CRAIG HODGETTS with Marta Nowak

Hyperloop is a unique transportation technology based on centuries-old pneumatic tube principles, promising to provide ultra-clean, ultra safe, affordable, intra-urban travel at super-high speed. It will achieve these goals by employing a high-tech mix of physics, material science, and highly efficient engineering principles to minimize its impact on the environment while offering trip times as short as thirty minutes between Los Angeles and San Francisco.

The Hyperloop concept, like most transforming innovations, is not an elaboration on existing technologies, it is a comprehensive new system-wide, highly integrated transportation utility. There is no precedent that exists for this new transportation system including station design, right-of-way, capsule movement along the tracks, or even how to address safety regulations.

The Hyperloop, like the internet and the smart phone ten to fifteen years ago, will represent the coming together of technologies never before employed into mass transportation.

UCLA’s Hyperloop SUPRASTUDIO with Hyperloop Transportation Technologies, Inc. Powered by JumpStartFund in conjunction with engineers and expert consultants are having a meaningful critical discussion to begin the process to impact the way we think about high-speed transit tube systems for the future.


UCLA’s HYPERLOOP SUPRASTUDIO is a platform for critical appraisal, analysis, and research leading to the creation of an innovative, global way to develop a practical and passenger friendly transit tube system.


Based on the demographic, geologic, and economic analysis concluded over the last two quarters, and on the realities of the existing Los Angeles transportation infrastructure, the site selection committee has identified the area East of Union Station on the Eastern bank of the Los Angeles River as the most likely location for the initial terminal for the Hyperloop system.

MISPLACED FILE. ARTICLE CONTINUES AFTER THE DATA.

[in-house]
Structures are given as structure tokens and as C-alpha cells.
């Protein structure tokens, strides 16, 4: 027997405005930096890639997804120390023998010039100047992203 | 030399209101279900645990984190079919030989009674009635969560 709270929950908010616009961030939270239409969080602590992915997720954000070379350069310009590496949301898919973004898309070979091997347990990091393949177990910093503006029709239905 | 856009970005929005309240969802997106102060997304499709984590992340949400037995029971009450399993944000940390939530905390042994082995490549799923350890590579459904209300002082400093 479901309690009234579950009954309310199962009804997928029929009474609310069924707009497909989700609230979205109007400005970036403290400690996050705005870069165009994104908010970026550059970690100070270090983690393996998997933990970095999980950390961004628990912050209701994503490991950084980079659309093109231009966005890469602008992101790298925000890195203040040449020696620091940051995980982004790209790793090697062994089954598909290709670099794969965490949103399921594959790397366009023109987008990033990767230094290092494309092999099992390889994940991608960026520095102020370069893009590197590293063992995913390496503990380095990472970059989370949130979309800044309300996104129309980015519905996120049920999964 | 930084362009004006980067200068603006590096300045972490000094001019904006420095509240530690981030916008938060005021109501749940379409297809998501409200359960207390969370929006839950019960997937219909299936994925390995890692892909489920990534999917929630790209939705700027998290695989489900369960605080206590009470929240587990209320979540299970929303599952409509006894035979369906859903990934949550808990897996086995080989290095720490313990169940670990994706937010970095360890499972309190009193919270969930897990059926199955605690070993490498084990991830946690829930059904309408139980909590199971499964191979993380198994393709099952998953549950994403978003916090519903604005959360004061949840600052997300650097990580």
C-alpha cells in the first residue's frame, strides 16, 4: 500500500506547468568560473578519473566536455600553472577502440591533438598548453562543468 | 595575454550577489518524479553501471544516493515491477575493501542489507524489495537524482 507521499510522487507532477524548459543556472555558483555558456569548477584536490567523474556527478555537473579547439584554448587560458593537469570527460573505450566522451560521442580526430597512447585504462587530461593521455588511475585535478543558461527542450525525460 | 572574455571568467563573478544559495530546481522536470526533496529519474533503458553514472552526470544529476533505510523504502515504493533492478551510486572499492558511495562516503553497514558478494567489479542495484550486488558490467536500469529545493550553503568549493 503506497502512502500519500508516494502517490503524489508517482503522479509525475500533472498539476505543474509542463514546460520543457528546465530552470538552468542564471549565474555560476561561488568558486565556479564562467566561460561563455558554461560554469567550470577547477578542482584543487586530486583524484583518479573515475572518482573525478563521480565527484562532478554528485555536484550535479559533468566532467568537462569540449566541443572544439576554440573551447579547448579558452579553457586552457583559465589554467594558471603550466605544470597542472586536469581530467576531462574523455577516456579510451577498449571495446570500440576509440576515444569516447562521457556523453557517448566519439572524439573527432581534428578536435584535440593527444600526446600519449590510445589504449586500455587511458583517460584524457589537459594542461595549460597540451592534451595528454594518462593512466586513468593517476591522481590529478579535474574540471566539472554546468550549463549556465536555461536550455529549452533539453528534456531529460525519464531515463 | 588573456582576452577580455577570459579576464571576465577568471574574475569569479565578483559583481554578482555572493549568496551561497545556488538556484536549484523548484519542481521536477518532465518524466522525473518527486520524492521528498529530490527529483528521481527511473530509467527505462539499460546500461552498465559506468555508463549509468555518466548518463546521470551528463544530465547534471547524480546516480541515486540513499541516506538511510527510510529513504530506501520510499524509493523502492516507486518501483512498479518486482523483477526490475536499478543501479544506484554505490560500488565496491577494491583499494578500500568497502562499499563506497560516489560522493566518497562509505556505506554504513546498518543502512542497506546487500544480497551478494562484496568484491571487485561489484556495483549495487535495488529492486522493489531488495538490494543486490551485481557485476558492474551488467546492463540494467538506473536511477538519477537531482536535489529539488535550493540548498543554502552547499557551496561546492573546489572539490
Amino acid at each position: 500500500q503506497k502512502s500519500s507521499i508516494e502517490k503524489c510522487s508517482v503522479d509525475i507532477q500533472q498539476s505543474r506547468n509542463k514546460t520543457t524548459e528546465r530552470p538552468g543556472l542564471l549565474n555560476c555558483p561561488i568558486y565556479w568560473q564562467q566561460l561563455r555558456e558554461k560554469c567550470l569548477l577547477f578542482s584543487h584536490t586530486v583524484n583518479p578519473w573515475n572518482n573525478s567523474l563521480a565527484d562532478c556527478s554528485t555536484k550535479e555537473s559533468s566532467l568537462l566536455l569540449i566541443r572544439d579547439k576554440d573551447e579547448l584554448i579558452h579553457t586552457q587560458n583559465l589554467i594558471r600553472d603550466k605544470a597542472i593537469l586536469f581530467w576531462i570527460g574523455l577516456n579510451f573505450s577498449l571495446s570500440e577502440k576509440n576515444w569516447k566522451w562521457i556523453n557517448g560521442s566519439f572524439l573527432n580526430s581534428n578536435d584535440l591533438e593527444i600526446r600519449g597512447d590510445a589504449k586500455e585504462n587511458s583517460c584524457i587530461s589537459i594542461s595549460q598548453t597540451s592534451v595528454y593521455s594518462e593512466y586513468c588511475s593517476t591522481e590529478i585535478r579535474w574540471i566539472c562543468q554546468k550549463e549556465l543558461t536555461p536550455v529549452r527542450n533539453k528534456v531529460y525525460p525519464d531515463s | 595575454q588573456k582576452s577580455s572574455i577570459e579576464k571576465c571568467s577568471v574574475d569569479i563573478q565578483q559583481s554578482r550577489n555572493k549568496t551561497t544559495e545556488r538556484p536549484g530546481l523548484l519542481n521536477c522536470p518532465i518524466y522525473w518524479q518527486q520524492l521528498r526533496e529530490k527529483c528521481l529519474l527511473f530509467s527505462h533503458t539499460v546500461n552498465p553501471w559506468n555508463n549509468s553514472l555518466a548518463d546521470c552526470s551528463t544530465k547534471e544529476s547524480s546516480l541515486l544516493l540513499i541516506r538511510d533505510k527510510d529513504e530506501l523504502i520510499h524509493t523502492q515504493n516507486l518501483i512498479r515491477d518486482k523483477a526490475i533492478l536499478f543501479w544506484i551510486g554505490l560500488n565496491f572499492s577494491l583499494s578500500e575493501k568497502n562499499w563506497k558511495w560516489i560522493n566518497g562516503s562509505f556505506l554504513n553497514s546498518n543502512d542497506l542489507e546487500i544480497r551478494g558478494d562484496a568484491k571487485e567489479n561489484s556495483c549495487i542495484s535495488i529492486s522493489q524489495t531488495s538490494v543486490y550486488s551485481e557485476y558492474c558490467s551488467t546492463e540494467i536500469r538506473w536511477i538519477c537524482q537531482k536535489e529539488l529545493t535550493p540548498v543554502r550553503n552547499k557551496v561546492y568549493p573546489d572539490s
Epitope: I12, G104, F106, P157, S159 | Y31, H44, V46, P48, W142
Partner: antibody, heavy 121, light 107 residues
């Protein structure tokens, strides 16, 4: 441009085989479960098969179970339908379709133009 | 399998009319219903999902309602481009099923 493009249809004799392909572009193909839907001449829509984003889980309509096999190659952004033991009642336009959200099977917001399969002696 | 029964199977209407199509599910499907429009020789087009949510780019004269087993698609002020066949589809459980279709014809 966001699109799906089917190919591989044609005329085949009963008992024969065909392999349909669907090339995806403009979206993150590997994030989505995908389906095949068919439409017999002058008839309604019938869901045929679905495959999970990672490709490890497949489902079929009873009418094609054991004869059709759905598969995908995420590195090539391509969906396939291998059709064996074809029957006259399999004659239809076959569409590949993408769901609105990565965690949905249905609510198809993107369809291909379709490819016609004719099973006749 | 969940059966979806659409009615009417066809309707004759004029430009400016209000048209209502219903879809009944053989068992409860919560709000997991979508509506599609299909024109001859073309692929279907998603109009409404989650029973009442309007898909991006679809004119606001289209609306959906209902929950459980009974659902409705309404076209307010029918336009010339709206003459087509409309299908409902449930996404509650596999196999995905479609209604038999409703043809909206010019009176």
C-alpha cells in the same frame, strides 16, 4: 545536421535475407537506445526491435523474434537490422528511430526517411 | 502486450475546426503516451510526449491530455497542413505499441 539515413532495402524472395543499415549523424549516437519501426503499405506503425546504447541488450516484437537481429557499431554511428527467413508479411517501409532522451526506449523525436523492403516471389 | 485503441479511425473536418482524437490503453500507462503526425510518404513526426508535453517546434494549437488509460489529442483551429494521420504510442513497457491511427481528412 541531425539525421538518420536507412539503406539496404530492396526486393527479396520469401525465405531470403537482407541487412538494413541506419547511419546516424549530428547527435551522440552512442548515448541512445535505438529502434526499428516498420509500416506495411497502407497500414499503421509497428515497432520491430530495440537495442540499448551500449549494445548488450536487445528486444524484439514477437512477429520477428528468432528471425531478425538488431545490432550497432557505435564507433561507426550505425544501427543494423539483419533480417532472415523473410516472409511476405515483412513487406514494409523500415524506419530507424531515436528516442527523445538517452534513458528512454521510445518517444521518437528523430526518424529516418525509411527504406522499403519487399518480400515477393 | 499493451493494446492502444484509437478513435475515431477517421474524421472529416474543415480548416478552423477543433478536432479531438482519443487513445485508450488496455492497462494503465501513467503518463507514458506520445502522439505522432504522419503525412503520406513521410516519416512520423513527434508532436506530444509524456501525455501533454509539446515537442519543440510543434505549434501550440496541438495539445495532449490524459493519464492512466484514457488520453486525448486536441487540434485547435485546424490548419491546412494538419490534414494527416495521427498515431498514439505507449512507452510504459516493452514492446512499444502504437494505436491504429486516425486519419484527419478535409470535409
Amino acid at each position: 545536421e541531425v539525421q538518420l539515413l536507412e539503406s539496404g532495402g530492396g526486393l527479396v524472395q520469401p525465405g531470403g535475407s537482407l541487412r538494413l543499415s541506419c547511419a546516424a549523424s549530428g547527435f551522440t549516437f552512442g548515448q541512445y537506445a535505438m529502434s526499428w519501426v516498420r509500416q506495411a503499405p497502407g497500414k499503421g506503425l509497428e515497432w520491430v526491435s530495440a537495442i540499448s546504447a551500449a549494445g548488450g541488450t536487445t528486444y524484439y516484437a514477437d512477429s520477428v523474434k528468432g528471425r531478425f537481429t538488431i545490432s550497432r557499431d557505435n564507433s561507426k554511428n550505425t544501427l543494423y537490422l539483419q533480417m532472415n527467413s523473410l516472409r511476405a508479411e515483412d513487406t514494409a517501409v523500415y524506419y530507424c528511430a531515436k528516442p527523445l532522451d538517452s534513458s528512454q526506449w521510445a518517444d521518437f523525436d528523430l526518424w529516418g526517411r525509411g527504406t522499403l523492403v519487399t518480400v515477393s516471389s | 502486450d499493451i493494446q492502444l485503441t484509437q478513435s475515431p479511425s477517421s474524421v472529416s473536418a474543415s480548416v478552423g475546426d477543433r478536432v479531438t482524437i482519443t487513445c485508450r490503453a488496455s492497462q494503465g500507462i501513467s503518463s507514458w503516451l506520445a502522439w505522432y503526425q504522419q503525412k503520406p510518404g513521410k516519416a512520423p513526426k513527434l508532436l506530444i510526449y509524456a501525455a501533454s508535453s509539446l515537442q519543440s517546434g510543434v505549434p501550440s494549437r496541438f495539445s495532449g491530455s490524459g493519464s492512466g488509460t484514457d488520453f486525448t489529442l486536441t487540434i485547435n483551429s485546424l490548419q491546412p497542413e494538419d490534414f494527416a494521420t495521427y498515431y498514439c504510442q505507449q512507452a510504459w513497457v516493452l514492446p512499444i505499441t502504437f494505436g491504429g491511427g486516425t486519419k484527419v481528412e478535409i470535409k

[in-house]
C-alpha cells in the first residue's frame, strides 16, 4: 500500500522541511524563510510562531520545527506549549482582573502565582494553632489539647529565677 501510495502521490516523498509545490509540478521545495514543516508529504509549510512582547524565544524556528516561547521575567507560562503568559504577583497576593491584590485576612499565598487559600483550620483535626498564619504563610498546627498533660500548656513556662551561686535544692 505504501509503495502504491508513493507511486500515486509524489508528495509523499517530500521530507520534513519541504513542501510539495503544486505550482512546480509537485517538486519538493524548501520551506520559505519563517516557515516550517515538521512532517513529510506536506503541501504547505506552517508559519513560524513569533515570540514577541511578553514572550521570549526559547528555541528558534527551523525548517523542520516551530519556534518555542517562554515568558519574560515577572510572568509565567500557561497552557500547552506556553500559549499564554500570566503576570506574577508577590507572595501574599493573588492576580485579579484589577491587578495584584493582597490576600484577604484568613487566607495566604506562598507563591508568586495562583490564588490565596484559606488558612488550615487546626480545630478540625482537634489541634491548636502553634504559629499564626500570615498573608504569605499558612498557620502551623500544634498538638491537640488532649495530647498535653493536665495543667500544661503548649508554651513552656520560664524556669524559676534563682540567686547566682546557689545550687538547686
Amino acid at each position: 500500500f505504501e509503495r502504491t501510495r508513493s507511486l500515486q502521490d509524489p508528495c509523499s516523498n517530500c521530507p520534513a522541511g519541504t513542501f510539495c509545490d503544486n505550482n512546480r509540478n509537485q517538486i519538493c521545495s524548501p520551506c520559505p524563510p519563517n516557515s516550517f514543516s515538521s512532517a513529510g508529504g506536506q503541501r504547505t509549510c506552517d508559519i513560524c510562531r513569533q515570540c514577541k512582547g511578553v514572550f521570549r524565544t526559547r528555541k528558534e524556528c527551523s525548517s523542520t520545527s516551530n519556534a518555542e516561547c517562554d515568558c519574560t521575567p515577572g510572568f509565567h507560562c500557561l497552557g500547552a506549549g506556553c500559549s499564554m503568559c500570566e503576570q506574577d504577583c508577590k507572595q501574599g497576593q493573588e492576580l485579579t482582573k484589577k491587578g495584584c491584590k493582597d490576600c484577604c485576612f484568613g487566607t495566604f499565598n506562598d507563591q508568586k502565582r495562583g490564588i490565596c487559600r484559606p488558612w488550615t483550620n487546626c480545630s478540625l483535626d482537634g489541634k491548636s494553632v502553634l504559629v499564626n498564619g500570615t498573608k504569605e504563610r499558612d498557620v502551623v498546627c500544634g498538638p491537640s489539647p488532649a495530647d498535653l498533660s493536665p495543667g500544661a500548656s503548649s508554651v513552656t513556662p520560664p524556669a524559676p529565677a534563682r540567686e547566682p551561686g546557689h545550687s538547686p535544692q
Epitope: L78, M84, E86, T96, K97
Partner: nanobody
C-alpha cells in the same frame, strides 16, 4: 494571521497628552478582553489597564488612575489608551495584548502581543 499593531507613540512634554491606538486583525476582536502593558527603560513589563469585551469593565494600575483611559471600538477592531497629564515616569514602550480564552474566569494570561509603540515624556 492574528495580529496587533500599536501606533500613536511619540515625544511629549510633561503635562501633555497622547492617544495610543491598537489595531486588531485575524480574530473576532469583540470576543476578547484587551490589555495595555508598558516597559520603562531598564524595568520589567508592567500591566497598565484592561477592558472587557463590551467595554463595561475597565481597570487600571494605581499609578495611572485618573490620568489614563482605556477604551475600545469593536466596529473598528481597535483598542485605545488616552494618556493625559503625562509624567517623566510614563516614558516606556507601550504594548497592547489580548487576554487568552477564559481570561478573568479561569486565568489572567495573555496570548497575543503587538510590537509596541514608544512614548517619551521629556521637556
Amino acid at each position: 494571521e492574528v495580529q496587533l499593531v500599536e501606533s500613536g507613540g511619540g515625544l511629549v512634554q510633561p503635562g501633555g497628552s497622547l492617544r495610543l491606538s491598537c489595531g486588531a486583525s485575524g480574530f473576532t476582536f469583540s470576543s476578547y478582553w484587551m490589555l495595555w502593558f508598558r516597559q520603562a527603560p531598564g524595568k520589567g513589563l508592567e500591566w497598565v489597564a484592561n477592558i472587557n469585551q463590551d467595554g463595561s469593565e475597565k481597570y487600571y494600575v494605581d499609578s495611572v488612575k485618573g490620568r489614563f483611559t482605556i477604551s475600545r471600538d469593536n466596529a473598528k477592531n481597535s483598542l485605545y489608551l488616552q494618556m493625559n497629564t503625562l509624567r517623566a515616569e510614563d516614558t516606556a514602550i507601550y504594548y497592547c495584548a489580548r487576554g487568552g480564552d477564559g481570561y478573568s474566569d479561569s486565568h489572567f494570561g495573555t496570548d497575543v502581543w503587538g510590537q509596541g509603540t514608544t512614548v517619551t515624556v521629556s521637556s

This location will lend impetus to the development of a more robust urban environment in the Boyle Heights area of the city, as well as the increase the potential for the restoration and eventual reclaiming of the River itself, with immeasurable benefits to the downtown area and those who live in it.

Proximity to Union Station with its extensive connections to various transit systems throughout the City, and to the Boyle Heights Metro station, as well as to the 5, 10, and 60 freeways will consolidate transit operations without the necessity to construct new infrastructure and may eventually contribute to a reduction in transit-related automobile traffic.


Utilizing studies and practical solutions developed in the preceding quarter, design a Hyperloop station and its supporting urban infrastructure, to include parking, off ramps, connections to Union Station, and river-edge amenities appropriate to the location, such as appropriate retail, food and beverage services, conference facilities, etc. Consider that developing the station on the site may serve as a catalyst for other, complementary uses, and provide a vision for those uses.

A suggested route for the Hyperloop in order to depart from urbanized Los Angeles will be part of the study – however it will not be emphasized, as the focus will be on the architecture and urban design aspects of the proposal.